The following facts are gleaned from Accuweather’s amended complaint and the affidavits accompanying the 12(b)(2) motion. The defendants named in the amended complaint are Total Weather, Inc.; True Weather, Inc.; Weather Solutions, L.L.C.; Secure Developer Network, Inc.; Host Master; and individual defendants Jon Fowler and Mark Valentin. Their respective roles in the case will be set forth below.

Weather Solutions provides software to local television news stations and weather broadcasters. The software enables broadcasters to provide breaking news and weather content to viewers through the viewers’ personal computer desktops. After a broadcaster installs the software created by Weather Solutions, the broadcaster can access Weather Solutions’s computer server through an Internet portal at the name After access, the broadcaster can download or place breaking news and weather on the server. To receive this service from the broadcaster, viewers download the necessary software from the broadcaster’ s website. The individual broadcasters independently brand, market, and provide this breaking news and information to their viewers. The individual viewers have no contractual relationship with Weather Solutions, and the viewers are given no indication that the broadcasters are using Weather Solutions’s software or domain name.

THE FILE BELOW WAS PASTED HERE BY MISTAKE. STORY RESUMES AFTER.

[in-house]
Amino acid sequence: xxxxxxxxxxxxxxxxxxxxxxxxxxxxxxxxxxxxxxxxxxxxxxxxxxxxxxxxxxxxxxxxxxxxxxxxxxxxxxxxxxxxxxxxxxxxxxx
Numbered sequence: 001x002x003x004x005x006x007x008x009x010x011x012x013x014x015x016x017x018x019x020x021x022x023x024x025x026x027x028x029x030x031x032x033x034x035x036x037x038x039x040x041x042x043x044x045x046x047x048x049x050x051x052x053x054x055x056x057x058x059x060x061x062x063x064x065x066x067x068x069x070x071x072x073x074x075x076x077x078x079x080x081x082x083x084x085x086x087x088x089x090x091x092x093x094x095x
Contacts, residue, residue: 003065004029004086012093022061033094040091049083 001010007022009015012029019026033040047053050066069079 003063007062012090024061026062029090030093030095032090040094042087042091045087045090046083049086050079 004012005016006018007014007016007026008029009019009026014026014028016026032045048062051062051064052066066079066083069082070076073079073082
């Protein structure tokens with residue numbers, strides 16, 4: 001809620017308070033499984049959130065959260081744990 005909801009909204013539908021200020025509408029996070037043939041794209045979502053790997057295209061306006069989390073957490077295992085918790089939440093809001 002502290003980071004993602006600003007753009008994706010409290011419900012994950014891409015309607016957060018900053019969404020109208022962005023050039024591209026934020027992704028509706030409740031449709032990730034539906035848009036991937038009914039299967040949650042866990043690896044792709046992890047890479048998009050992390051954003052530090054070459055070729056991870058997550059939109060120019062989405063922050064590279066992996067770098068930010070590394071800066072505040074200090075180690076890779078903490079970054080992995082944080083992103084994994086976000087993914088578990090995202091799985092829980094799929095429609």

Weather Solutions operates its own website at the address The website is a source of information concerning Weather Solutions and its services, but Weather Solutions does not transact any business through the website. Visitors to the website are unable to purchase any products or services from Weather Solutions. Visitors to the website cannot make purchases; they can only